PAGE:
Sharing two works by Hmong American poet and professor Soul Vang today. Thank you, Soul, for giving me permission!
Learning to Eat the Kumquat
by Soul Vang
I planted the tree out of curiosity
the year we moved to this new house,
two years after our older son was born
with frontal cortex injury, one year
before our second son was diagnosed
with autism spectrum disorder.
I first planted it in the shade
under the grape arbor, then transplanted it
the next year to the far side of the yard,
where each year it has grown more bushy
and bore more and more of its brilliant yellow
pearls that we would try to eat-- peeling
the orange skin, eating the acid pulp.
Each time we would spit it out in sour
perplexity--how could anyone eat
of such a fruit? It wasn't until this year
that we learned to properly eat the fruit
from some wise friends who came to visit.
You see, the way to eat the kumquat
is to pick it off the tree, rinse it
in clear water, roll the fruit gently
between thumb and index finger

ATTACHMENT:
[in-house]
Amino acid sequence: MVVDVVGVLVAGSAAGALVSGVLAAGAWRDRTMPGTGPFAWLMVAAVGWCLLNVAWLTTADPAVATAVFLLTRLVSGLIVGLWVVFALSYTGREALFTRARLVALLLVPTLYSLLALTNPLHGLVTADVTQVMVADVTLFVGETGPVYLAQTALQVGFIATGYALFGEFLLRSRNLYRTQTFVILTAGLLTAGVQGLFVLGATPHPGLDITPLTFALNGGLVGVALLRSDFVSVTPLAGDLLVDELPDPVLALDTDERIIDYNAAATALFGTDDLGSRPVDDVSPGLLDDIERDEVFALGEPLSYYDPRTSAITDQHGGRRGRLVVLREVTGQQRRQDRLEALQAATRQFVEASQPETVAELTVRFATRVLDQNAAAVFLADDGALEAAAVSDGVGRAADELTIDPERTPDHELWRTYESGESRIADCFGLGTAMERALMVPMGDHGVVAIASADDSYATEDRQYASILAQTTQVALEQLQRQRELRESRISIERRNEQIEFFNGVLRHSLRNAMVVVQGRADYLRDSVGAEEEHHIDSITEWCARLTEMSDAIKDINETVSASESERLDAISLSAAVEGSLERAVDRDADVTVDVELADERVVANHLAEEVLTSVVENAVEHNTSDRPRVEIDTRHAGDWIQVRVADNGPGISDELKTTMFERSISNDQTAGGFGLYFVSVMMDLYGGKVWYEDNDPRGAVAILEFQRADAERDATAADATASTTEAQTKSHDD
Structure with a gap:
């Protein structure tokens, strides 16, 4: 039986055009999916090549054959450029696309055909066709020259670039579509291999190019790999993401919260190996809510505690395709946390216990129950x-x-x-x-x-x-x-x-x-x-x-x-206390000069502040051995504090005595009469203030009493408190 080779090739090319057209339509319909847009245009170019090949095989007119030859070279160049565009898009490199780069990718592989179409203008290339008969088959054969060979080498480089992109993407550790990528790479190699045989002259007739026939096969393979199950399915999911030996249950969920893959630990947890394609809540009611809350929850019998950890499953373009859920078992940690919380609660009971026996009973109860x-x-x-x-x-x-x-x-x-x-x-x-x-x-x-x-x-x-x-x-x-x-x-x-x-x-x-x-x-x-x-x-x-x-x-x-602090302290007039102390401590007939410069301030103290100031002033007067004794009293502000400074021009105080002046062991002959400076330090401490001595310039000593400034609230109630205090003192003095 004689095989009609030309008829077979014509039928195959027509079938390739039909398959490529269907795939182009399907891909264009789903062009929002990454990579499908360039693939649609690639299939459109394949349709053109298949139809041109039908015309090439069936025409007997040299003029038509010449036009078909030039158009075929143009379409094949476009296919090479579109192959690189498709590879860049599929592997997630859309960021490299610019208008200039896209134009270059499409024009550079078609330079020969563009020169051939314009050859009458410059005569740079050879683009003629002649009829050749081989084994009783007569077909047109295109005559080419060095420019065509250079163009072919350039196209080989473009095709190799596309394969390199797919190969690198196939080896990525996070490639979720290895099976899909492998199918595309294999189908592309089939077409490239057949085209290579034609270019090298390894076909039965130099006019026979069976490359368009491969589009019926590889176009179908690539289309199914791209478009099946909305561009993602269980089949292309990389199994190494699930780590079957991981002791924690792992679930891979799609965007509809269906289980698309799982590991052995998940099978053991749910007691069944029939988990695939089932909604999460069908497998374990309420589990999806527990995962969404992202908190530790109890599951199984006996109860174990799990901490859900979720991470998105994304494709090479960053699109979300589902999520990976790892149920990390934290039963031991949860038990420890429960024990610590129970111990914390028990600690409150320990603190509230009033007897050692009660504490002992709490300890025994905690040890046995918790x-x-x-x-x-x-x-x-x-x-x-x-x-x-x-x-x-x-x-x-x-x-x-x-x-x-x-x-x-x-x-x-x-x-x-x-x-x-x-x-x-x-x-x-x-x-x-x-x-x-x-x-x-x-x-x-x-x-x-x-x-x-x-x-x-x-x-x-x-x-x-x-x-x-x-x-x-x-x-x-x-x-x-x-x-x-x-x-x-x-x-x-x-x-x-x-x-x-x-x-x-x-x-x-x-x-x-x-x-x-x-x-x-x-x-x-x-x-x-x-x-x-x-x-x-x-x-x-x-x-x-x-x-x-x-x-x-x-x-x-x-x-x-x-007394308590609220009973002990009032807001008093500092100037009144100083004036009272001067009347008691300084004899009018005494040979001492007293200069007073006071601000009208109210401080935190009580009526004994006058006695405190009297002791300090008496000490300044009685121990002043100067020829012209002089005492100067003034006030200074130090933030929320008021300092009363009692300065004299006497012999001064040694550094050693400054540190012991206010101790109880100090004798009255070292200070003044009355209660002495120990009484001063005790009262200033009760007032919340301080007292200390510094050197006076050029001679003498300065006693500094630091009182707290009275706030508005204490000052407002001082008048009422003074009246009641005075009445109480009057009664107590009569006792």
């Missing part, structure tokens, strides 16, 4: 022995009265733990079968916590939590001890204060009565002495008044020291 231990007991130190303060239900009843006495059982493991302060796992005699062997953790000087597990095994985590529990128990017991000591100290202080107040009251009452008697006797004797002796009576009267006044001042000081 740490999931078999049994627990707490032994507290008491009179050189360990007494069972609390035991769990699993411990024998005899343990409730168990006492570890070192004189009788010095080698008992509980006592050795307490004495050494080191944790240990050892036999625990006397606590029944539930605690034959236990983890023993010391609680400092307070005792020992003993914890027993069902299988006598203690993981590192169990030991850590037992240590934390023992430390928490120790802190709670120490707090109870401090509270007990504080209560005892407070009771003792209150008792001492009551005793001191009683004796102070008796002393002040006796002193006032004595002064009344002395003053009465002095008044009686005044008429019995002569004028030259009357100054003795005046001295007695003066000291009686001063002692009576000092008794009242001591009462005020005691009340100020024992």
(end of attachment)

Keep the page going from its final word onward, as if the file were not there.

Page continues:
to mix the sweet and the bitter juices,
pop it in the mouth and bite through peel
and pulp, swallowing the whole.
by Soul Vang
Running in the bike lane
three miles done, two
to go. My lungs labor
to take in the oxygen
tainted by cars
brushing by within a foot.
It would be so easy
to stop--just one step
to the right. But
then I am distracted
by a bunch of low-hanging grapes,
that had escaped picking
machines and human hands,
living on into winter,
How Do I Begin: A Hmong American Literary Anthology, which includes work by Soul Vang.
Keri has our Poetry Friday round-up today.
You can find my "Thirteen Ways of Looking at Emma" at Reflections on the Teche.